“Control at work is good for health,” said Clare Bambra of Durham University in the U.K., commenting on a study that found workers’ physical and mental health improved when they were given more control over their work schedules.
The study’s findings don’t surprise me in the least. Looking back at the jobs I’ve held since I started working as a teenager, I have definitely felt better, both physically and mentally, at the ones where my schedule was less regimented and more under my control. It’s easy to see how my health might actually have changed along with my perception of well-being in those different work environments.
In comparing my current job at SmartBrief with the one I had before coming here, I see a huge contrast. At my last job, I had to arrive no later than 9 a.m. and leave no earlier than 5 p.m. Even if I came in at 8 a.m., it was a major to-do for me to leave even a few minutes before 5.
Although lunchtime wasn’t as strictly controlled, it was frowned upon to take it at a different time than my co-workers or to take any longer than 30 minutes, even if most days I ended up eating at my desk in only 5 to 10 minutes. Moreover, my boss tried hard to micromanage how I went about getting my work done, leaving me with little opportunity to do things my own way.
Here at SmartBrief, though, things are different. The focus is on getting the job done and meeting deadlines, not on the order in which I complete my assignments or the exact times I come, go and eat. Although the nature of my work here means I rarely have time to eat away from my desk, I don’t mind because no one glares at me when I head out the door at 1:30 p.m. or later to grab a bite to eat. Some days I start work early, and on others I stay late.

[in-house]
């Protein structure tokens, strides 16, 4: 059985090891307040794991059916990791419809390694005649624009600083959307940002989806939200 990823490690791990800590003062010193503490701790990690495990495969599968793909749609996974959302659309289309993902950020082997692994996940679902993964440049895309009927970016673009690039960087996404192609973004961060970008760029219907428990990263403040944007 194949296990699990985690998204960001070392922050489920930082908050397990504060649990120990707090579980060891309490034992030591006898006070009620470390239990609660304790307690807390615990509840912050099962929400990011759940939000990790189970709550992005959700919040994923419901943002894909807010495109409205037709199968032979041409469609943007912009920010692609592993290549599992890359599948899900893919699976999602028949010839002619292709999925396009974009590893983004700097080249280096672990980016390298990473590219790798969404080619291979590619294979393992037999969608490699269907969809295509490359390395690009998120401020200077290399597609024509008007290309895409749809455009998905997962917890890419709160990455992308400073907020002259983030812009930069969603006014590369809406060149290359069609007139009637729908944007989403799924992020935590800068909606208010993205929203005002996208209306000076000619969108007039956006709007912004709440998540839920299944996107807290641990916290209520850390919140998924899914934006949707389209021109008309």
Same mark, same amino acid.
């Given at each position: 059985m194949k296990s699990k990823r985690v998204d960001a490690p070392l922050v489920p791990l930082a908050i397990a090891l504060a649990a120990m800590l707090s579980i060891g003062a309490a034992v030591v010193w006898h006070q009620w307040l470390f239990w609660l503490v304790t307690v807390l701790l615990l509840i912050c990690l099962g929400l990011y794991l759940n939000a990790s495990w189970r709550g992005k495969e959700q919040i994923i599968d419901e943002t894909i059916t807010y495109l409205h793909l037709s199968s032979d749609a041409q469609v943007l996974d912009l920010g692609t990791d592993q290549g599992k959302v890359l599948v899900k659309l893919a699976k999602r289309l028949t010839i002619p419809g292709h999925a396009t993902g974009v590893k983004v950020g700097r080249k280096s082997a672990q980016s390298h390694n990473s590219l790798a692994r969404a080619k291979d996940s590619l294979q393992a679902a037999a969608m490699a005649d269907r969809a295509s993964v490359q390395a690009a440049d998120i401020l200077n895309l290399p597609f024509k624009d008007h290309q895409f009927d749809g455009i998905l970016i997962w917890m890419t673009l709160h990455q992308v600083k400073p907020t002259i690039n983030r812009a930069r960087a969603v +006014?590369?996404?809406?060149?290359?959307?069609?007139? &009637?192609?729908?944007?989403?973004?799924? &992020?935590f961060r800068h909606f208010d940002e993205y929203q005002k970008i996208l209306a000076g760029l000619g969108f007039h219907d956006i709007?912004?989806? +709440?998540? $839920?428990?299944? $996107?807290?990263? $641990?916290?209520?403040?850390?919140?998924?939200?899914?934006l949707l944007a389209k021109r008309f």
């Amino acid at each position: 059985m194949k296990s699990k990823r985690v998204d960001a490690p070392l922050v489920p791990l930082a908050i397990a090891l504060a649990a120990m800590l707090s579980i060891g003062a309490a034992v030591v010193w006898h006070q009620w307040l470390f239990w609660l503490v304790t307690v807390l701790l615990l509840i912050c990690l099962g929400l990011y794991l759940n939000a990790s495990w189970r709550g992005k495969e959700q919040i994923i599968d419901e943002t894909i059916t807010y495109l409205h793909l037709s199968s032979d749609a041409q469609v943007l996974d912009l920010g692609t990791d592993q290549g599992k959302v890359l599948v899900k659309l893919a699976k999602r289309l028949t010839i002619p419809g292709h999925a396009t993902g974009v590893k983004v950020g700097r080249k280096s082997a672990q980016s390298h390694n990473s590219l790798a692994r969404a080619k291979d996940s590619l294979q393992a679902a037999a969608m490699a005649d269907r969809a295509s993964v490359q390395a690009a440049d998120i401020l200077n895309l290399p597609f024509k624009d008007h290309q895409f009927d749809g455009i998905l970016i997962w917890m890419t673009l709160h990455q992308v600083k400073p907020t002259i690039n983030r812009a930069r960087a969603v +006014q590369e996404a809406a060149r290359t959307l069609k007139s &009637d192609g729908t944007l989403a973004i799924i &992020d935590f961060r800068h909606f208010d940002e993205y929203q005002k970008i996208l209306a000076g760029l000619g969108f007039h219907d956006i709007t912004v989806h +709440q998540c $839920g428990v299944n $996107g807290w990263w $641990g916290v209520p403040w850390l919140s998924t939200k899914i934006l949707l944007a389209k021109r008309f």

Today, I’m leaving at 1:30 to go to a doctor’s appointment, and I know that no one will think twice about it because they trust I’ve done my work and done it well. At my previous job, an afternoon appointment would have been the cause of at least 24 hours of serious stress for me.
Do you feel better when you have more control at work? If you are an employer who gives employees some control, do you reap benefits from doing so? If you withhold control, do you see problems as a result?
Image credit, Mac99 via iStock